US Supreme Court Upholds Individual Mandate for Health Insurance

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In a 5-4 ruling, the US Supreme Court upheld the provision of the Affordable Care Act requiring all adults to purchase health insurance or pay a penalty-the so-called individual mandate.

In a 5–4 ruling, the US Supreme Court upheld the provision of the Affordable Care Act requiring all adults to purchase health insurance or pay a penalty—the so-called individual mandate. The court rejected the government’s argument that because health care was a market in which everyone will eventually participate, the government could regulate individual coverage under the Commerce Clause. Instead, the court found the mandate to be constitutional when viewed as a tax. The full text of the court’s decision can be found through CNN’s post. Chief Justice John Roberts, writing for the majority, sums up the decision as follows:

“The individual mandate cannot be upheld as an exercise of Congress’s power under the Commerce Clause. That Clause authorizes Congress to regulate interstate commerce, not to order individuals to engage in it.  In this case, however, it is reasonable to construe what Congress has done as increasing taxes on those who have a certain amount of income, but choose to go without health insurance. Such legislation is within Congress’s power to tax.”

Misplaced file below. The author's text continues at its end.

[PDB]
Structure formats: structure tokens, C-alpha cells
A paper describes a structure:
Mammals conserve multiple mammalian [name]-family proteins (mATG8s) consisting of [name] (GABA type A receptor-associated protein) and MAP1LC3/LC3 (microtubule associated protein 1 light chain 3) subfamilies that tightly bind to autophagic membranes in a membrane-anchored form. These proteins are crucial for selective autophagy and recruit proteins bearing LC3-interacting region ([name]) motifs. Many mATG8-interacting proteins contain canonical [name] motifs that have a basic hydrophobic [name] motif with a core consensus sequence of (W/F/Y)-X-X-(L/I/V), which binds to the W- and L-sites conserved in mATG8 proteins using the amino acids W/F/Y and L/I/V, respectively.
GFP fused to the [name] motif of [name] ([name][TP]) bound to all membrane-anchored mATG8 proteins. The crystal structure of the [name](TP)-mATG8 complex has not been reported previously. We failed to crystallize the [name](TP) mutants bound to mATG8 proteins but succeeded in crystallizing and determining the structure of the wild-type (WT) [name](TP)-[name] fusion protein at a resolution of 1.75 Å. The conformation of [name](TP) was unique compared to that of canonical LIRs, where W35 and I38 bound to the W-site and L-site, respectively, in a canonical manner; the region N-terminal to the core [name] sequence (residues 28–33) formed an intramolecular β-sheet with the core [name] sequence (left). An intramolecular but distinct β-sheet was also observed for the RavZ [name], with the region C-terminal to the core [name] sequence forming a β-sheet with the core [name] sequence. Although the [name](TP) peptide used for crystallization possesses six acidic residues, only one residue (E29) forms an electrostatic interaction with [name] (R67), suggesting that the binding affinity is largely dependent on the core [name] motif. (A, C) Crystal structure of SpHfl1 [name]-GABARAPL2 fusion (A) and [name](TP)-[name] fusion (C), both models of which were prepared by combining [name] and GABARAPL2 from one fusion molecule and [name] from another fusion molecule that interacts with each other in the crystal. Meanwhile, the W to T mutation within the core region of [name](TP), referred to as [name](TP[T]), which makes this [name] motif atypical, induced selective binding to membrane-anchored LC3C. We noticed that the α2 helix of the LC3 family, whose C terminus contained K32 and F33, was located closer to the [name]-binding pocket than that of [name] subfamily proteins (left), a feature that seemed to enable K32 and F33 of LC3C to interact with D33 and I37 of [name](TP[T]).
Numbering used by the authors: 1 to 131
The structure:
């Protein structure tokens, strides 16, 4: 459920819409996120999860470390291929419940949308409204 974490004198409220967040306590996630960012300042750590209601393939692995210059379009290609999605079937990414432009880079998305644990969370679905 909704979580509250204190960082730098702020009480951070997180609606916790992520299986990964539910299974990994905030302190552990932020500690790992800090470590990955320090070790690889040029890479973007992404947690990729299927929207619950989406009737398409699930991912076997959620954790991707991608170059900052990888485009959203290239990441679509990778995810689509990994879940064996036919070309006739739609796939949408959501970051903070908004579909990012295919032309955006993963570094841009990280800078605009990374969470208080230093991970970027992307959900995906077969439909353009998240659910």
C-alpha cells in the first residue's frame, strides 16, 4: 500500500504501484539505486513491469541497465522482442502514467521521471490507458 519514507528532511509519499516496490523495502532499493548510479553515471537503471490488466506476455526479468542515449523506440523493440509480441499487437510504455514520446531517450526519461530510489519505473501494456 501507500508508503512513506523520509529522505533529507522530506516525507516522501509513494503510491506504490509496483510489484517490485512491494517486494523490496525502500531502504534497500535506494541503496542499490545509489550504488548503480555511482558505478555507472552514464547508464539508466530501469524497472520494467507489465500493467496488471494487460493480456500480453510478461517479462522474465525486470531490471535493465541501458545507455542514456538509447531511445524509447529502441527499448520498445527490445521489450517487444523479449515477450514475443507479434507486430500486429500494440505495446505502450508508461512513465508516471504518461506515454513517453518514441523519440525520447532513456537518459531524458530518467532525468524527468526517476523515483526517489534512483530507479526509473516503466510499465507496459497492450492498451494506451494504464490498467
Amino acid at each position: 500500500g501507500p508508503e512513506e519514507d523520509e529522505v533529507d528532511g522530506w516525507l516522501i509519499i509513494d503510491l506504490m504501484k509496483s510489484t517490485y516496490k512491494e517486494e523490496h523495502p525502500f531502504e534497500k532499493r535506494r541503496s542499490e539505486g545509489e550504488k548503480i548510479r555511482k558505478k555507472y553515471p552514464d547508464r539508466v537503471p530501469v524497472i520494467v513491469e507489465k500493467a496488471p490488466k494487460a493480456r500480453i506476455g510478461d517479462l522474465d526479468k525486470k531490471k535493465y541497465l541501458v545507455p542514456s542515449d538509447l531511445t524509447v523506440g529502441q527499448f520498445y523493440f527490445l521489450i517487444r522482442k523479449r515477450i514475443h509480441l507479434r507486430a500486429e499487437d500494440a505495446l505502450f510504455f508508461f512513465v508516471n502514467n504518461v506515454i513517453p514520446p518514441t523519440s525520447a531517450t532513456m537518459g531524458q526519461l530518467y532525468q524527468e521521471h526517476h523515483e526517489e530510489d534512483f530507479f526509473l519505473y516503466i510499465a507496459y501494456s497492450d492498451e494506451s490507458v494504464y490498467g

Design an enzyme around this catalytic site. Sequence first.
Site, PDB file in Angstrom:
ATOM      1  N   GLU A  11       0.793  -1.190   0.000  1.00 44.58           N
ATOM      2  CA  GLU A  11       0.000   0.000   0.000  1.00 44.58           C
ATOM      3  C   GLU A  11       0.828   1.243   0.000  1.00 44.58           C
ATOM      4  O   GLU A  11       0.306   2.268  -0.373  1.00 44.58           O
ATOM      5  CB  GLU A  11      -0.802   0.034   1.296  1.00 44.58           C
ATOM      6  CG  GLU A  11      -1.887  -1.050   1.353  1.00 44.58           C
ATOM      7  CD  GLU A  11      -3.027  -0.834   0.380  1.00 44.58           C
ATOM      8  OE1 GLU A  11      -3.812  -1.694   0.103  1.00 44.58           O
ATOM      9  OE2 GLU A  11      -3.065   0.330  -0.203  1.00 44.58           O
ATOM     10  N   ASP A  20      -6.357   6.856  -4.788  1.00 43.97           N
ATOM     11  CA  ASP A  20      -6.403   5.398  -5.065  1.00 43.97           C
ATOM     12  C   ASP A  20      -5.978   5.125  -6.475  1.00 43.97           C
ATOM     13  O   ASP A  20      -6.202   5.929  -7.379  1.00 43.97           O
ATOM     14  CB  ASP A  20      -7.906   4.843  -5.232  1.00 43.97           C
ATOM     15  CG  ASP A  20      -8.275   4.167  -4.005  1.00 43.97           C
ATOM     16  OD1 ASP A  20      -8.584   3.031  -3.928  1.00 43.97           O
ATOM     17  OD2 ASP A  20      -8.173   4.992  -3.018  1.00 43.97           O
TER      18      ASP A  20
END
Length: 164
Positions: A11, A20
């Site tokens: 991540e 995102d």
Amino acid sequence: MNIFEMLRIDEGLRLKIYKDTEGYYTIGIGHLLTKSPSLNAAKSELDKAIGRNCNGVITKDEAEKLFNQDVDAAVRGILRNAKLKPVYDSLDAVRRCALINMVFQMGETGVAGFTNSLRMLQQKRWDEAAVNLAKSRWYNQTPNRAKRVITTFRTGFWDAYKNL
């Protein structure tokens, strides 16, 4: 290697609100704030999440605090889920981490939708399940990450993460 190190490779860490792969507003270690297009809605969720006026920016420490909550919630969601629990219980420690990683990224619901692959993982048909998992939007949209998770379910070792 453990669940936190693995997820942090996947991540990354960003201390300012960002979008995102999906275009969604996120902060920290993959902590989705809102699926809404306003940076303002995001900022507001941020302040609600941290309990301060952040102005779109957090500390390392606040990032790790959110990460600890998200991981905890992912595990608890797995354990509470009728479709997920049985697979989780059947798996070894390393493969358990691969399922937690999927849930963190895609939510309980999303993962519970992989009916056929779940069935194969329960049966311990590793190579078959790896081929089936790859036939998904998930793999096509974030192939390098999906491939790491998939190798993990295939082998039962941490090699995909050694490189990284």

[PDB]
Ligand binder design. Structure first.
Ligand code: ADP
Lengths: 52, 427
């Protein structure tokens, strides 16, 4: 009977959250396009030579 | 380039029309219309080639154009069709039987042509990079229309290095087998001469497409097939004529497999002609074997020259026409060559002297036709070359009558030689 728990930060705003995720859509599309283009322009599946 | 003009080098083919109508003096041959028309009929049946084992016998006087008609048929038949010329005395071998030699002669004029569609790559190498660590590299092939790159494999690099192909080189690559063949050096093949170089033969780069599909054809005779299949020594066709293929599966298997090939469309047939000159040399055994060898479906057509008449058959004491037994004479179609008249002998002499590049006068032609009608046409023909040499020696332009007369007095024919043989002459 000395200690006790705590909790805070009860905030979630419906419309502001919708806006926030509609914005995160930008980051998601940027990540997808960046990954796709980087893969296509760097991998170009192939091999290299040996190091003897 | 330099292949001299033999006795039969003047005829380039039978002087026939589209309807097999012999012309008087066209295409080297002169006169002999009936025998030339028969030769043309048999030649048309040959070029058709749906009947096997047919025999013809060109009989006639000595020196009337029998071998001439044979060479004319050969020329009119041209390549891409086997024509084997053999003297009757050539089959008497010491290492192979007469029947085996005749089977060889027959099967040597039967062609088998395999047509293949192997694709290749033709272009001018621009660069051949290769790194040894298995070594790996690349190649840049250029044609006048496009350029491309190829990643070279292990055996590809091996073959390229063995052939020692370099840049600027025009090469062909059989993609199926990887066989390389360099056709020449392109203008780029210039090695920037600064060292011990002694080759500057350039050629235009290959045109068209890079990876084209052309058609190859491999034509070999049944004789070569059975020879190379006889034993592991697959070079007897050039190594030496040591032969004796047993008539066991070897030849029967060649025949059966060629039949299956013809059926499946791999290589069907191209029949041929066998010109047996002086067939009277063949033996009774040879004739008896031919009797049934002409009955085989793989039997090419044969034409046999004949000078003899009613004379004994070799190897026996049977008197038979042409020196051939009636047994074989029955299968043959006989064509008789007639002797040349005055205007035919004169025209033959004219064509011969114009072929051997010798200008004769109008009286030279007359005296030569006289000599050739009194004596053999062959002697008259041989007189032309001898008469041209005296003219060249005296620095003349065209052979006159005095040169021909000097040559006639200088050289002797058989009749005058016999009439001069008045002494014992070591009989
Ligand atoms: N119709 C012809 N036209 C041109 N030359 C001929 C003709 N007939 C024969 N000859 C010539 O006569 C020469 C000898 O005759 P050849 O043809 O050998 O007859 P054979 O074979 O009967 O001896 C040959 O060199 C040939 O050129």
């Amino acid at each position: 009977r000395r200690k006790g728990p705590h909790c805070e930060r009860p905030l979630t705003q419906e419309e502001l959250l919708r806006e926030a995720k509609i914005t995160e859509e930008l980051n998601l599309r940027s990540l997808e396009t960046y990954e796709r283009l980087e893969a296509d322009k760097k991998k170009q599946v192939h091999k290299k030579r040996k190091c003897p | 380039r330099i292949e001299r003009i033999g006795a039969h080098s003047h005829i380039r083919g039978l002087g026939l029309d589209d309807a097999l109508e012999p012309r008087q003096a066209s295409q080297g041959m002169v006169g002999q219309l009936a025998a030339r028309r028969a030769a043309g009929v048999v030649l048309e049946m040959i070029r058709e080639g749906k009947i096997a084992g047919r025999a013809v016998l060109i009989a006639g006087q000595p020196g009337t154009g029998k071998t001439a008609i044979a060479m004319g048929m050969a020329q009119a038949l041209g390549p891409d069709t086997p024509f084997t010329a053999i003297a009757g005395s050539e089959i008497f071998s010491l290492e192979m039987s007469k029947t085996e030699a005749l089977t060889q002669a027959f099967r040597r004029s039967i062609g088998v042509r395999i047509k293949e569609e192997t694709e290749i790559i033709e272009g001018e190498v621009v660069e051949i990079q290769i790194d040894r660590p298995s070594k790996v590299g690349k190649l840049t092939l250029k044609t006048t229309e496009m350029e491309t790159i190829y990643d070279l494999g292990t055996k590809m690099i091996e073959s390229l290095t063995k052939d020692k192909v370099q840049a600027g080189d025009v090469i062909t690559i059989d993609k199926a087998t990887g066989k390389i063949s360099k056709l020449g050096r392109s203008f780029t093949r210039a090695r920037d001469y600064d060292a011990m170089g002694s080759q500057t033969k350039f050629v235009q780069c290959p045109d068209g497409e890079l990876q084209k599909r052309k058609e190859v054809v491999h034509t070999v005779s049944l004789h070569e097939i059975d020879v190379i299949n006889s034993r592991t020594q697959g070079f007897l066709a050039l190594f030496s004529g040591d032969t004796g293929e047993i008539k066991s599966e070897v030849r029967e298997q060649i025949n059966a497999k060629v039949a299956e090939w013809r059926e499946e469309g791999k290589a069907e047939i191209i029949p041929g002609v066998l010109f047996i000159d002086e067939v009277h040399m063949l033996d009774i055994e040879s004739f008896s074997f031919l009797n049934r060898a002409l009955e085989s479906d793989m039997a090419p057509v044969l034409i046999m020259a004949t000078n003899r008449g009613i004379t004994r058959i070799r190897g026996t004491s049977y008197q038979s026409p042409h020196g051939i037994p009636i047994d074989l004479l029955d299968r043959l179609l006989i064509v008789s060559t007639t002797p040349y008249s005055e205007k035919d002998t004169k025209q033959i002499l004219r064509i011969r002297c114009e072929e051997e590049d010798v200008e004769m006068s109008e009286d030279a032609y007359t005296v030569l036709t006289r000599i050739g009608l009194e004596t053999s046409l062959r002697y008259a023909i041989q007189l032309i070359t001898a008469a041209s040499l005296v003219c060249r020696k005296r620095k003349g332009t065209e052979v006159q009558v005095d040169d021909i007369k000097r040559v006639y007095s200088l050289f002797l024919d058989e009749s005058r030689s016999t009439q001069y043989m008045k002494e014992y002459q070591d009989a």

The court found a second contested provision that required states to expand existing coverage for Medicaid or lose federal funding for the program to be unconstitutional. Chief Justice Roberts writes:


“As for the Medicaid expansion, that portion of the Affordable Care Act violates the Constitution by threatening existing Medicaid funding. Congress has no authority to order the States to regulate according to its instructions. Congress may offer the States grants and require the States to comply with accompanying conditions, but the States must have a genuine choice whether to accept the offer.”

The Biologics Price Competition and Innovation Act, which provides an abbreviated approval pathway for biosimilars, was enacted as a provision of the Affordable Care Act. There was some concern that if the individual mandate had been found to be unconstitutional, the entire piece of legislation would have been struck down, a fear that is now allayed. The Biotechnology Industry Organization says in their release, “We also will continue our work with US Food and Drug Administration (FDA) to implement the bipartisan-backed biosimilars pathway that was enacted under the law. Specifically, we will advocate for implementation approaches that ensure patient safety, expand patient access and competition, and provide necessary and fair incentives that will help spur continued biomedical breakthroughs.“